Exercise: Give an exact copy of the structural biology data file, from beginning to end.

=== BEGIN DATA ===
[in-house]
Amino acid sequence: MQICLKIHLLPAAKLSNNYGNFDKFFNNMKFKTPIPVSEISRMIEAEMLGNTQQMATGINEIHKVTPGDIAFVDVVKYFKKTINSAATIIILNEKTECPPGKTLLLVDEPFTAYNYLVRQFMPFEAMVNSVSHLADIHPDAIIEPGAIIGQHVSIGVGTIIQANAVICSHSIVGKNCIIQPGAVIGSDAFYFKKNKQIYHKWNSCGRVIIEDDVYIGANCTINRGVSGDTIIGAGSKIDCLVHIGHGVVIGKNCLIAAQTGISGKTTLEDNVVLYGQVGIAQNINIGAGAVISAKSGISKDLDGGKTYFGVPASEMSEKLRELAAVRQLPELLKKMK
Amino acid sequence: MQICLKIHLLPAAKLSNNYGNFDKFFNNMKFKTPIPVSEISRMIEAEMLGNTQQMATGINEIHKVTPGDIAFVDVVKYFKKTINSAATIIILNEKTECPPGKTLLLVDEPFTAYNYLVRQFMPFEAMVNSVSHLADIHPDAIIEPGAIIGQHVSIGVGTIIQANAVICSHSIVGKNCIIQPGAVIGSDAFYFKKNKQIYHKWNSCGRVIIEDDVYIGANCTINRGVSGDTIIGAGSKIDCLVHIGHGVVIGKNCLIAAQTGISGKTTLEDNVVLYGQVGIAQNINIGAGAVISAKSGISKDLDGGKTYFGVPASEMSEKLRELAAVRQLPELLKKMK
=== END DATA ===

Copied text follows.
[in-house]
Amino acid sequence: MQICLKIHLLPAAKLSNNYGNFDKFFNNMKFKTPIPVSEISRMIEAEMLGNTQQMATGINEIHKVTPGDIAFVDVVKYFKKTINSAATIIILNEKTECPPGKTLLLVDEPFTAYNYLVRQFMPFEAMVNSVSHLADIHPDAIIEPGAIIGQHVSIGVGTIIQANAVICSHSIVGKNCIIQPGAVIGSDAFYFKKNKQIYHKWNSCGRVIIEDDVYIGANCTINRGVSGDTIIGAGSKIDCLVHIGHGVVIGKNCLIAAQTGISGKTTLEDNVVLYGQVGIAQNINIGAGAVISAKSGISKDLDGGKTYFGVPASEMSEKLRELAAVRQLPELLKKMK
Amino acid sequence: MQICLKIHLLPAAKLSNNYGNFDKFFNNMKFKTPIPVSEISRMIEAEMLGNTQQMATGINEIHKVTPGDIAFVDVVKYFKKTINSAATIIILNEKTECPPGKTLLLVDEPFTAYNYLVRQFMPFEAMVNSVSHLADIHPDAIIEPGAIIGQHVSIGVGTIIQANAVICSHSIVGKNCIIQPGAVIGSDAFYFKKNKQIYHKWNSCGRVIIEDDVYIGANCTINRGVSGDTIIGAGSKIDCLVHIGHGVVIGKNCLIAAQTGISGKTTLEDNVVLYGQVGIAQNINIGAGAVISAKSGISKDLDGGKTYFGVPASEMSEKLRELAAVRQLPELLKKMK